Traditional programmers are familiar with
long and such integer types. These are known to have different sizes on different systems.
However, a lot of code requires integer types to be exactly a certain size or of at least a certain size. In such situations, it is a good idea to use the fixed width integer types provided by C++ through the header file
Types of integers
C++ provides three types of fixed width integer types:
- Integer of precisely the size you specify (Ex:
- Smallest integer whose size is at least the size you specify (Ex:
- Fastest integer whose size is at least the size you specify (Ex:
List of the signed and unsigned integer types is:
int8_t int16_t int32_t int64_t uint8_t uint16_t uint32_t uint64_t int_least8_t int_least16_t int_least32_t int_least64_t uint_least8_t uint_least16_t uint_least32_t uint_least64_t int_fast8_t int_fast16_t int_fast32_t int_fast64_t uint_fast8_t uint_fast16_t uint_fast32_t uint_fast64_t
Why these types?
When we specify that we want an integer to have exactly 32 bits, say
int32_t, that may not be supported on certain exotic systems. Assume a computer which supports only 34-bit and 68-bit integers. That system cannot provide a 32 bit integer. Code which uses
int32_t will not compile. This is good because the programmer who used
int32_t might have been assuming the type to have exactly 32 bits, for example, if he is looping over the 32 bits to compute something. Such code should fail, else it would be a bug.
Now the use of a precise width type, like
int32_t, provides the reason for the other two types of integers: smallest and fastest.
The smallest integer type, say
int_least32_t, should be used when our code requires to store values that need at least 32 bits, but our first priority is space and not speed of computation. For example, assume that the exotic system described above does 68-bit integer addition faster than 34-bit addition. In such a case, when we use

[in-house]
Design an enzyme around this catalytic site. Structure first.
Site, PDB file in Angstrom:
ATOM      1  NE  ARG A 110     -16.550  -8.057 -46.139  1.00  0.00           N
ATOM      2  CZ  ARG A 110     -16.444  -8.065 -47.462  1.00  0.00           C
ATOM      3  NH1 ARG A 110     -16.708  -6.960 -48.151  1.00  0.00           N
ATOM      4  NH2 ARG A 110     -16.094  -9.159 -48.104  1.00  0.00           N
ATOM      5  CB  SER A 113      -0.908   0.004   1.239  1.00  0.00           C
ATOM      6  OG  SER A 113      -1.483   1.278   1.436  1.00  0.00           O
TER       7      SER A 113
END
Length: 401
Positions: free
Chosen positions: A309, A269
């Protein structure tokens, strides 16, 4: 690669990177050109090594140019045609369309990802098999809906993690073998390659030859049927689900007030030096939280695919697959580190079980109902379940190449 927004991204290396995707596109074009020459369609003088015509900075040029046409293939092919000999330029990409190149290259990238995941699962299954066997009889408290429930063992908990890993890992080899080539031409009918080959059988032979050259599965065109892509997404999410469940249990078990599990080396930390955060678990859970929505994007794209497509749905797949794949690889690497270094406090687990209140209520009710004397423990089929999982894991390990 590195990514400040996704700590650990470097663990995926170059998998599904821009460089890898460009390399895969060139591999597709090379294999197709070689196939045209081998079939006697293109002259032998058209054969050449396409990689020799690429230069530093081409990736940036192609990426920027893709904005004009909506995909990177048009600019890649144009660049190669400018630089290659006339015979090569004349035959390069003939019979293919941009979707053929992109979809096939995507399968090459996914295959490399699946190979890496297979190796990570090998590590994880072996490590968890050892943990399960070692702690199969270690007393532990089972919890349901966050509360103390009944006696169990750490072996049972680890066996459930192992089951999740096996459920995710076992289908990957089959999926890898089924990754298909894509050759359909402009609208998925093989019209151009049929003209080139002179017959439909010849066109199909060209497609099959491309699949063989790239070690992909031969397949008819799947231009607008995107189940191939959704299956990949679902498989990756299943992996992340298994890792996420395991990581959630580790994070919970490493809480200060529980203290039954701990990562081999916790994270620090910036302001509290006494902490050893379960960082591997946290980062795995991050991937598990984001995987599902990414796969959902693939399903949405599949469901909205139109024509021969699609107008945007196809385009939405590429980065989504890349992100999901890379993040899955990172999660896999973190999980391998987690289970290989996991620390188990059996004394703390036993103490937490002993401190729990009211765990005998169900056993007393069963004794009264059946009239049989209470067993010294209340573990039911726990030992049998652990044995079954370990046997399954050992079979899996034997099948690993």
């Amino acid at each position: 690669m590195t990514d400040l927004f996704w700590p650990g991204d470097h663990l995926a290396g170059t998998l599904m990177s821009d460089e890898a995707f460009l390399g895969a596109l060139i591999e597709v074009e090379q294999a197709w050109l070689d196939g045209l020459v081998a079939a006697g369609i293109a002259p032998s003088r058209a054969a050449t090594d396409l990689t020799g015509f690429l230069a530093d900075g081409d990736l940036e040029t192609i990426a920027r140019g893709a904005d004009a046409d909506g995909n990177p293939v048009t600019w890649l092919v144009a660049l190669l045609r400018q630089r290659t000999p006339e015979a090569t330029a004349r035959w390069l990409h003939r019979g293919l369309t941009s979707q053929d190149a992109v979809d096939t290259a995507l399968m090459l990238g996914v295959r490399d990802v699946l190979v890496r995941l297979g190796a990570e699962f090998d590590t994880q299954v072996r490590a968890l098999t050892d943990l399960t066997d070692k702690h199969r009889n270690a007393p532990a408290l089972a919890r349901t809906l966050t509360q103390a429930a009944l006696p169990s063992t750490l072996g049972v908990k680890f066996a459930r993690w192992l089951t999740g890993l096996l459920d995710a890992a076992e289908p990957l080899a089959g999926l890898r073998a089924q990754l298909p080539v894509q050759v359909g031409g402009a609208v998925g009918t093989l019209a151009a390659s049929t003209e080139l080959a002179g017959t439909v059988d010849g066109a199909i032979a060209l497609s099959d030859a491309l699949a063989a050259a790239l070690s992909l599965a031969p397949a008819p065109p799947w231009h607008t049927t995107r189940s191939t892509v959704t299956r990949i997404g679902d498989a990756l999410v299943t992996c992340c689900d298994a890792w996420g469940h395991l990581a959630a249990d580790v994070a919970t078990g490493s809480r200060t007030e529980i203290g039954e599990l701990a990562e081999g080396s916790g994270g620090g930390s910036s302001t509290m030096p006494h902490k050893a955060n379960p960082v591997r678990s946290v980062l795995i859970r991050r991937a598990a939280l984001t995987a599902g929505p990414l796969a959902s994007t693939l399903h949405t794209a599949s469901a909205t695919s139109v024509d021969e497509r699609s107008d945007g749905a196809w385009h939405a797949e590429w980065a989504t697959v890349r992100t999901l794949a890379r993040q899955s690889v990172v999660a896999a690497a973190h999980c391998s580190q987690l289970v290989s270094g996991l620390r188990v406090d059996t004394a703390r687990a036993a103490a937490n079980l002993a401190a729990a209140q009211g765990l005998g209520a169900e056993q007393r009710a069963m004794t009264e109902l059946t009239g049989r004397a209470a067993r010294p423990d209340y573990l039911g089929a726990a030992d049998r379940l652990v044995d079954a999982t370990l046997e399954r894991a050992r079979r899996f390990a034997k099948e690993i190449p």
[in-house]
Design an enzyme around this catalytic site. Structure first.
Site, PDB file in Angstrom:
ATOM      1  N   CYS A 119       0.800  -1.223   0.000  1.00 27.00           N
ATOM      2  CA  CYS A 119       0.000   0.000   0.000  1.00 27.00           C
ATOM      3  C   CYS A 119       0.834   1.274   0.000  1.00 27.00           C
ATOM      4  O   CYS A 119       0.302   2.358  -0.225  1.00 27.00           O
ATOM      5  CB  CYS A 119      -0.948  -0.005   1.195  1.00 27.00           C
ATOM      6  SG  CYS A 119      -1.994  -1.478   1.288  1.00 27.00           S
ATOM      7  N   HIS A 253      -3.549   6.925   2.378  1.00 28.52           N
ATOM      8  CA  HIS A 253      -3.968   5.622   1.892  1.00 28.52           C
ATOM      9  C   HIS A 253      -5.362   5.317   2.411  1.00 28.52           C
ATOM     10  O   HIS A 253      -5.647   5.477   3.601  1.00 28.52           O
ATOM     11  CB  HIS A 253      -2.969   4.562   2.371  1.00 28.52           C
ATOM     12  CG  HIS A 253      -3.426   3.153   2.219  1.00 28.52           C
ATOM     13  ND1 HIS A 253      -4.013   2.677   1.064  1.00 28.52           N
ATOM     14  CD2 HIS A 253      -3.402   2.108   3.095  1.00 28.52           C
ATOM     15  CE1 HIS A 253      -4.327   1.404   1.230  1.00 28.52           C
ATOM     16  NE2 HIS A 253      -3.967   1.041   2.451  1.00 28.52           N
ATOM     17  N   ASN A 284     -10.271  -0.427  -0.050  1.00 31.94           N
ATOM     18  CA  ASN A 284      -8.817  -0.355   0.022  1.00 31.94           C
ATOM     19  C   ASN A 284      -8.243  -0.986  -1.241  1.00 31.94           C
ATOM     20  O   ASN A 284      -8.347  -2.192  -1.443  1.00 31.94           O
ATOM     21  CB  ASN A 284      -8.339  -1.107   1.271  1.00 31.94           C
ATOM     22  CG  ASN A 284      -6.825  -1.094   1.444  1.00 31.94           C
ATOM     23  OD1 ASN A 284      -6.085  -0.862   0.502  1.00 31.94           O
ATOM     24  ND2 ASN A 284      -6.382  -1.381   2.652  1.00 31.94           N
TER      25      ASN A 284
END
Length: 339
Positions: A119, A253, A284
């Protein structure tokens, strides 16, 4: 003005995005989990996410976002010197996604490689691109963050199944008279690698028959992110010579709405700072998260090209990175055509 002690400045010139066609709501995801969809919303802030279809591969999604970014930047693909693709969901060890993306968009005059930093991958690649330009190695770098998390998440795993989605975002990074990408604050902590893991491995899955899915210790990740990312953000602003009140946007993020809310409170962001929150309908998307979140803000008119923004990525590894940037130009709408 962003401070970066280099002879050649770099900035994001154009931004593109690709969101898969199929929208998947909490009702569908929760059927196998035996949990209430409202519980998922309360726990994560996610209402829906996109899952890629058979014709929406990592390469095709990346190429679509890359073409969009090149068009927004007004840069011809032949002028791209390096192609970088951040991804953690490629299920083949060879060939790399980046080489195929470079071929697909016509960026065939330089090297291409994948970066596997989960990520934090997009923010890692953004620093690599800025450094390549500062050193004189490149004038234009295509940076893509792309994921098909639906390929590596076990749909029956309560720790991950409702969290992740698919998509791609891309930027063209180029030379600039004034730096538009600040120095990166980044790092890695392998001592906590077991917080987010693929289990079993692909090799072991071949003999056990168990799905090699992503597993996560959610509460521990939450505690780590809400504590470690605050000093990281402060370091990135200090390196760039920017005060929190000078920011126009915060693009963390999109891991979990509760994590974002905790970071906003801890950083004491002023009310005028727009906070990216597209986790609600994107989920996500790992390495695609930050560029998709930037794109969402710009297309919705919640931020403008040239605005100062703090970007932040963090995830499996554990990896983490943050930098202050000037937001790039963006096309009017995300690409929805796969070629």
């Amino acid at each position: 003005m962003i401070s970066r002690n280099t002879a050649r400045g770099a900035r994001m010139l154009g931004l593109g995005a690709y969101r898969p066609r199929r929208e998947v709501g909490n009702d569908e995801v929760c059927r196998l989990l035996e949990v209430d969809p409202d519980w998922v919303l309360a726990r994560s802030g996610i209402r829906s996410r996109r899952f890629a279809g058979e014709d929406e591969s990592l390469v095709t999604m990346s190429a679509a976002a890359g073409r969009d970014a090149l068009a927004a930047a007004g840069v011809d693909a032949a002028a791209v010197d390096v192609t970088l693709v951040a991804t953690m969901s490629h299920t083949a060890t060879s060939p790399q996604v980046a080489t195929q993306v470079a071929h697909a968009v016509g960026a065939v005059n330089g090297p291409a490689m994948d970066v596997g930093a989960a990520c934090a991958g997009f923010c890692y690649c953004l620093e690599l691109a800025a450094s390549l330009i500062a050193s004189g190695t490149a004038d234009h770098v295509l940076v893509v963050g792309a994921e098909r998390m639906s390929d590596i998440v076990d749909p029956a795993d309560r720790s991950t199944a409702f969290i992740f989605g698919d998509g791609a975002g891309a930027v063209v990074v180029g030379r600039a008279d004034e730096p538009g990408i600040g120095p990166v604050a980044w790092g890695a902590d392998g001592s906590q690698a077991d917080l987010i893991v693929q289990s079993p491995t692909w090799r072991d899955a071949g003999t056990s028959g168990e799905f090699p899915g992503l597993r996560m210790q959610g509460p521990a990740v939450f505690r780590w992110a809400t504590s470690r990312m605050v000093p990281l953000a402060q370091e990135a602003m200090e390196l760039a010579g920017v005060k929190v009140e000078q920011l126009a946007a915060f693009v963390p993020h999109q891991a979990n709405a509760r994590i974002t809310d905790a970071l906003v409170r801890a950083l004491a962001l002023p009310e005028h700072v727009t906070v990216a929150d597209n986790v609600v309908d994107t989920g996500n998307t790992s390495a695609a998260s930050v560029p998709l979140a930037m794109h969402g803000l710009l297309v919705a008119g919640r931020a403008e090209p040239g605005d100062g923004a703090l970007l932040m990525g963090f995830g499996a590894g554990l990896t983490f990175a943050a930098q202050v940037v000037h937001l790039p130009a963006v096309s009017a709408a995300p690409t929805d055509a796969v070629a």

int_least32_t, we are asking it use the 34-bit type, foregoing speed for space.
The fastest integer type, say
int_fast32_t, should be used when our code requires to store values that need at least 32 bits, but our first priority is speed and not space. For example, in the exotic system described above when we use
int_fast32_t, that system’s compiler will use the 68-bit type, providing the fastest integer addition, but by increasing space occupied by our program.
On x86_64 Linux
I now come back from a world of exotic computers to the common 64-bit x86_64 Intel processor system I’m using. On GCC C++ compiler in Linux, I found that the smallest types (like
int_least32_t) were of the same size as the precise type (like
int32_t). No surprises there cause x86_64 has integers of size 8, 16, 32 and 64.
You will get a surprise if you use the fast types though! Except for the 8-bit fast types, the rest are all mapped to 64-bit signed and unsigned integers for speed. So, a
int_fast16_t is mapped to a 64-bit signed integer.
You can print out the sizes of all the fixed width integer types, by compiling and running a simple program, I have shared here.
Another method is to look at the source code. On my x86_64 Linux with GCC 5, the
cstdint trail leads to
/usr/include/stdint.h, where I find these definitions for the fast signed types:
/* Fast types. */ /* Signed. */ typedef signed char int_fast8_t; #if __WORDSIZE == 64 typedef long int int_fast16_t; typedef long int int_fast32_t; typedef long int int_fast64_t; #else typedef int int_fast16_t; typedef int int_fast32_t; __extension__ typedef long long int int_fast64_t; #endif
Tried with: GCC 5.1, Ubuntu 14.04 and x86_64 Intel CPU